- The Vermicious Knids from Charlie and the Great Glass Elevator by Roald Dahl.
- Several Goosebumps books featured different blobs:
- Monster Blood, and its sequels.
- Egg Monsters from Mars.
- The Blob that Ate Everyone (duh).
- The Horror of Camp Jellyjam (King Jellyjam).
- The slithersucker, a giant slime mold from the coffee-table-book version of The Future Is Wild, seems like a biologically-feasible homage to these critters.
- Joseph Goebbels nearly gets devoured by a giant single-celled organism in the basement of a Mad Scientist in the Alternate History novel by Brad Linaweaver, Moon of Ice.
- The "Skinners" in the last book of The Immortals by Tamora Pierce. Nightmarish blobby monsters made of Chaos that are Immune to Arrows, only slightly less immune to a lot of magic and suck the life out of anything they touch. The Darklings in the same book, created by Orzone to be his spies, are likewise small, shadowy blob creatures. However, they're noncombatants and gain sentience and independence and do a Heel-Face Turn.
- A 1953 issue of Weird Tales features a short story entitles "The Slime"—an ancient life form with retractable tentacles.
- In Stephen King's short story "Grey Matter" (published in the collection Night Shift), a man slowly changes into a Blob Monster after drinking a can of contaminated beer.
- In Blue Moon Rising by Simon R. Green, a Blob Monster that also probably qualifies as an Eldritch Abomination shows up and needs to be Killed With Fire.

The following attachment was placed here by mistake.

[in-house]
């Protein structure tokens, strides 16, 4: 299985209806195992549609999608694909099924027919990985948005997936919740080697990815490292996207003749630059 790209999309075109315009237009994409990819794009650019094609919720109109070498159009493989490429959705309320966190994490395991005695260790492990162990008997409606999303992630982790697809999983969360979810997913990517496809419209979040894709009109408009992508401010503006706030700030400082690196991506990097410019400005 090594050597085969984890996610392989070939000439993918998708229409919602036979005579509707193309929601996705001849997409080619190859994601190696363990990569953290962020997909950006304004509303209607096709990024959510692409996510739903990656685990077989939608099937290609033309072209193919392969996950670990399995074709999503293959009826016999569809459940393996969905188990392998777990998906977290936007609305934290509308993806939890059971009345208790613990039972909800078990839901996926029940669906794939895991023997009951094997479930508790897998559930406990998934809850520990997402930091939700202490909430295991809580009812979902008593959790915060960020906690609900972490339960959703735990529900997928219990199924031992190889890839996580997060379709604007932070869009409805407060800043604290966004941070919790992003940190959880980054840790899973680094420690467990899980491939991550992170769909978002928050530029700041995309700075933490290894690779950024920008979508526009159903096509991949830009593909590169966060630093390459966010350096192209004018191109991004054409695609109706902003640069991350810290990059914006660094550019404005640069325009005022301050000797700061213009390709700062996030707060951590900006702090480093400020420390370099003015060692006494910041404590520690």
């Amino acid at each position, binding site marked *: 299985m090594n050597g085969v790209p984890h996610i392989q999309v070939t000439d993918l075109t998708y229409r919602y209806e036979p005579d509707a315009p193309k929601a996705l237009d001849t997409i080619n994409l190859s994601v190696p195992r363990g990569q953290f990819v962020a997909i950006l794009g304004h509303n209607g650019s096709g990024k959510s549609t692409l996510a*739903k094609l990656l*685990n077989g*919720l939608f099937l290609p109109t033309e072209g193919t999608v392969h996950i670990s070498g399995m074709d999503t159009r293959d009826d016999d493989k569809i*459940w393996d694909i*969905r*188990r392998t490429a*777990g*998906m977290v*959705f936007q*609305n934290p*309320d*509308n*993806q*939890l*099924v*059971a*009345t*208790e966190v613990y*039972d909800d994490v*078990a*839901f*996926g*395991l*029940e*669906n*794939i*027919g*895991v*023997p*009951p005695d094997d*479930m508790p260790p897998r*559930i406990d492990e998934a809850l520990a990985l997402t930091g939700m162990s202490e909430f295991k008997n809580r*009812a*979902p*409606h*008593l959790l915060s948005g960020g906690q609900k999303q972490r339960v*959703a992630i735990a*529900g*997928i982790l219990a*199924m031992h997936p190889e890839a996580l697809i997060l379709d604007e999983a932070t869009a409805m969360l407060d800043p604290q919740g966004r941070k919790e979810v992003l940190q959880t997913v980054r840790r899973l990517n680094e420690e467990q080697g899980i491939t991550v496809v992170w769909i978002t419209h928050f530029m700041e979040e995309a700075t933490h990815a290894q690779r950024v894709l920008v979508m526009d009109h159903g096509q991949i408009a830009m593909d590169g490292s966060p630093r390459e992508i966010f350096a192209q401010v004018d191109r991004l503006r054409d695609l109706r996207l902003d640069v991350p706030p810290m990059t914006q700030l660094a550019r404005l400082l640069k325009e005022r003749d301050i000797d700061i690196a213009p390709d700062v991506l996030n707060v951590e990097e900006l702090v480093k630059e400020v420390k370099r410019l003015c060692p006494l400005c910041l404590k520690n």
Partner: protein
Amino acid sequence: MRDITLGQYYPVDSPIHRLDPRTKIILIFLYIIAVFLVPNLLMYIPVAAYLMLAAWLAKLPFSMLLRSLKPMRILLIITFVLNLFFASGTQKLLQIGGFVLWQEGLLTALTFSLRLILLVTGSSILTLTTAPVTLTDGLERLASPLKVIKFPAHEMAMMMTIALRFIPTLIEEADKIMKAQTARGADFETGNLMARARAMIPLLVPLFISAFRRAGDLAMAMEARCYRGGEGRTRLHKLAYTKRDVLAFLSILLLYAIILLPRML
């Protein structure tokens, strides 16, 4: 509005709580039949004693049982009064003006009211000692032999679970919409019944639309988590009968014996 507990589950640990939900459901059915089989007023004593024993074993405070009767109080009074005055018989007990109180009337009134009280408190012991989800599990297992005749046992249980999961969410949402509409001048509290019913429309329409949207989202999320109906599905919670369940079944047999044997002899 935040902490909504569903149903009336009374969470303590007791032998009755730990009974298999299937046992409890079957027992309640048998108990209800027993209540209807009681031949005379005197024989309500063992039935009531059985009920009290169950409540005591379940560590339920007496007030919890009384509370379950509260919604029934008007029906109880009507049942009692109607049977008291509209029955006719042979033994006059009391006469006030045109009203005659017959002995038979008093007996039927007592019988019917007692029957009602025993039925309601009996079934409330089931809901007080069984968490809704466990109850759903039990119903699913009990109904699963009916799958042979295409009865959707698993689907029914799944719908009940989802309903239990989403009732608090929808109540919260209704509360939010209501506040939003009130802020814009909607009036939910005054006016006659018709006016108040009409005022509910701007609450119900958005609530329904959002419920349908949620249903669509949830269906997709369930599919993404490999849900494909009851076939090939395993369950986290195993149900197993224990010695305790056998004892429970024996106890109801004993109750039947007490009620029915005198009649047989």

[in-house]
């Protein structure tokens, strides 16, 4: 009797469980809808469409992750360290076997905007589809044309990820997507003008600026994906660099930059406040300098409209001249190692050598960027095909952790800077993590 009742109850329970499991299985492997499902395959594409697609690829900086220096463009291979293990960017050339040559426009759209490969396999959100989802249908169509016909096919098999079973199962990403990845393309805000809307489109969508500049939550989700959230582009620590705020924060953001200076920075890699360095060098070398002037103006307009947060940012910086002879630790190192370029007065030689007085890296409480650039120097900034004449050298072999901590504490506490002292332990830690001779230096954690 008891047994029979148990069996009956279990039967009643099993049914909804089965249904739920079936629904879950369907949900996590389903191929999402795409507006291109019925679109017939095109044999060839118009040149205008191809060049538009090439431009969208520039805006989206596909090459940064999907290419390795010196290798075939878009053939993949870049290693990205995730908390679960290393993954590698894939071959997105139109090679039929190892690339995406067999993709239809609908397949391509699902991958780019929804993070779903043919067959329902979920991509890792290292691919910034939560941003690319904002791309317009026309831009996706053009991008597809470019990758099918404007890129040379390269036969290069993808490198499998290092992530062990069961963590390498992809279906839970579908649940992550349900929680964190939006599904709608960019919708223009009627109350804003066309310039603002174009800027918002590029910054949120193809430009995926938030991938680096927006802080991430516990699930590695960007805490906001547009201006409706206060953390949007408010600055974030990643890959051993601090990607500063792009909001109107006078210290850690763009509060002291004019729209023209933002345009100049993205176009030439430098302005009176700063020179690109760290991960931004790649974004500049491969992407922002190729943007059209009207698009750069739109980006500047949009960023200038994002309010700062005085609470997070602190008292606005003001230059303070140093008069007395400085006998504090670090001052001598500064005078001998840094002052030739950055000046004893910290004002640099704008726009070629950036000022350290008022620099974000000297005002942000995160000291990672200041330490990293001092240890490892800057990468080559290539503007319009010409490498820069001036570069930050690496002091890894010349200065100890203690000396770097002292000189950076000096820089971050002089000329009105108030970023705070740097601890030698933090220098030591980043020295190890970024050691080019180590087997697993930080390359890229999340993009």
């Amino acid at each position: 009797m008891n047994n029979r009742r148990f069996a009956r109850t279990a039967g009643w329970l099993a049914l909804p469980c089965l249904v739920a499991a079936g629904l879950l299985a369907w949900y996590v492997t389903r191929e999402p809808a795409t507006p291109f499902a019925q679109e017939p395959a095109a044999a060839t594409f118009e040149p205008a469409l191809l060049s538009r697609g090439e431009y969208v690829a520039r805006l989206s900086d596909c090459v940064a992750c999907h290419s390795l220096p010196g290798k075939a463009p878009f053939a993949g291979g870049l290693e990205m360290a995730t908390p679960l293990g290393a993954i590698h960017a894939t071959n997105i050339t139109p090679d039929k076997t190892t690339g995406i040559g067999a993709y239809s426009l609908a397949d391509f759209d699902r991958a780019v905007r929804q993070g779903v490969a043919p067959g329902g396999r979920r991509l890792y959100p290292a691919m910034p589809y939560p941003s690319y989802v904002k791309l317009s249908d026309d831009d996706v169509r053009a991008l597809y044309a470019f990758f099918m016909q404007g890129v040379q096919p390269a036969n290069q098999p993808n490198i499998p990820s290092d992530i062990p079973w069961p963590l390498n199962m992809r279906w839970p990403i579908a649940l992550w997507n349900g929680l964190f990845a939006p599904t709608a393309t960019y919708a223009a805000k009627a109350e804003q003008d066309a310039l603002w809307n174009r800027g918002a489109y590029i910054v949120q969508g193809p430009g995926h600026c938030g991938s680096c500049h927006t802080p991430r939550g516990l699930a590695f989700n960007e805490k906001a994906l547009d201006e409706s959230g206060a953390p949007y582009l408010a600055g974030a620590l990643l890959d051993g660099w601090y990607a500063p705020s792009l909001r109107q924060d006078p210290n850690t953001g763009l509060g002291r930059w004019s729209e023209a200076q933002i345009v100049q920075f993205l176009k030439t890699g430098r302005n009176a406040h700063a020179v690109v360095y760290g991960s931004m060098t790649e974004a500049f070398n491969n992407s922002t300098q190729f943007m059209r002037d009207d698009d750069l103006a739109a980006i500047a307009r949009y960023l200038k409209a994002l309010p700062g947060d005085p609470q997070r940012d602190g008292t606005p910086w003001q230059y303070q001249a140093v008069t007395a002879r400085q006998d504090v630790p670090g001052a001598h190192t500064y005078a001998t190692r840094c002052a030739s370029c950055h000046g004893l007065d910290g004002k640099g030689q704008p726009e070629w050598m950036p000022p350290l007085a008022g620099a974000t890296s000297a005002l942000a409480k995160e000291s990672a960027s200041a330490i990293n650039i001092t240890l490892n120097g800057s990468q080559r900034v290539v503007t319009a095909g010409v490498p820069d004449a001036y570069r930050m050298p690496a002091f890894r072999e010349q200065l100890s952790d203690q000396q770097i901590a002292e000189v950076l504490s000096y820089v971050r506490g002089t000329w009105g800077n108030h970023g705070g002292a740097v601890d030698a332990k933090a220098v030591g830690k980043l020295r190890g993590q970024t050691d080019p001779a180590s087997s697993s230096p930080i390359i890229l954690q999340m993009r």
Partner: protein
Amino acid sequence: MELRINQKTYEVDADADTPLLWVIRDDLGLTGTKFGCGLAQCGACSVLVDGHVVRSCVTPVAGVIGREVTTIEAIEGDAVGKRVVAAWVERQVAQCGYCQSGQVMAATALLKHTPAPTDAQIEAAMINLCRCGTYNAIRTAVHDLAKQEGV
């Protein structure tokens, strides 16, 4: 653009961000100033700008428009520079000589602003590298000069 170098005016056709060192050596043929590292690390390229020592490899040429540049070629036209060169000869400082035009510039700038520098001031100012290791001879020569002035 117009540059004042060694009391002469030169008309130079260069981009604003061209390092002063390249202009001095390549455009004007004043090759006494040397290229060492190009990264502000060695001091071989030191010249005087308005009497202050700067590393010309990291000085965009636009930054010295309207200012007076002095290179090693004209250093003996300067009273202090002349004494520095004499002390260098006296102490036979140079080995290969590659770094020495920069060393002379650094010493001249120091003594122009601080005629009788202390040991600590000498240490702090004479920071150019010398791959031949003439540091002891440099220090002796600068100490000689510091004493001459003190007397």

- Stanley G. Weinbaum's 1935 story "Parasite Planet" has monstrous Venusian blobs called "Doughpots" that ooze through the jungles of Venus absorbing anything that gets in their way.
- Ian Mc Donald's short stories in the "Chaga Saga" should count. Alien (and heavily metaphorical) blobs, chagas, are absorbing Africa at 50 meters per day, and no-one really wants to deal with it.
- Slime by William Essex. The living toxic waste of the title is more of a Muck Monster than an actual blob, but it's close enough. Someone even jokingly name-drops The Blob at one point when the protagonist is trying to warn everyone.
- The Dresden Files: One of the short stories opens with Harry having just wrapped up a case involving Slime Golems.
- The Colloids in Tim Sullivan's The Parasite War were Blob Monster aliens who infested and ate human bodies.
- The titular creature in Craig Shaw Gardner's Bride of the Slime Monster was later revealed to be a formerly-missing chimp sidekick in a monster suit.